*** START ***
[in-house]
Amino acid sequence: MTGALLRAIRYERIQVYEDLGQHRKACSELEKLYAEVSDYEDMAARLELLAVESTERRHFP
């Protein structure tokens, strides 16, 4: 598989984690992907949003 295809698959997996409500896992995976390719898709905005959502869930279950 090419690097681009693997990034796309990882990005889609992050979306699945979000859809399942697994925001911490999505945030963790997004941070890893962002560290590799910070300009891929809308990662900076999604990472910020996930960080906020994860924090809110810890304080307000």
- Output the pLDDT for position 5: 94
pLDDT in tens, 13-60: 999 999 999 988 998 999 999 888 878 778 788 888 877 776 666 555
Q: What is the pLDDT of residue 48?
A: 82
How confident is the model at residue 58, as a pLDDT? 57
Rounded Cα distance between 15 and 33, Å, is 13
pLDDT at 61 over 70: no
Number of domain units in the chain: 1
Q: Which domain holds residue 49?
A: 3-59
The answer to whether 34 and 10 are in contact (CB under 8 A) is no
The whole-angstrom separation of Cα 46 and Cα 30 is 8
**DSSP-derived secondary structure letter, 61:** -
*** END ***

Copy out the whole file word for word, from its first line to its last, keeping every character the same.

[in-house]
Amino acid sequence: MTGALLRAIRYERIQVYEDLGQHRKACSELEKLYAEVSDYEDMAARLELLAVESTERRHFP
């Protein structure tokens, strides 16, 4: 598989984690992907949003 295809698959997996409500896992995976390719898709905005959502869930279950 090419690097681009693997990034796309990882990005889609992050979306699945979000859809399942697994925001911490999505945030963790997004941070890893962002560290590799910070300009891929809308990662900076999604990472910020996930960080906020994860924090809110810890304080307000």
- Output the pLDDT for position 5: 94
pLDDT in tens, 13-60: 999 999 999 988 998 999 999 888 878 778 788 888 877 776 666 555
Q: What is the pLDDT of residue 48?
A: 82
How confident is the model at residue 58, as a pLDDT? 57
Rounded Cα distance between 15 and 33, Å, is 13
pLDDT at 61 over 70: no
Number of domain units in the chain: 1
Q: Which domain holds residue 49?
A: 3-59
The answer to whether 34 and 10 are in contact (CB under 8 A) is no
The whole-angstrom separation of Cα 46 and Cα 30 is 8
**DSSP-derived secondary structure letter, 61:** -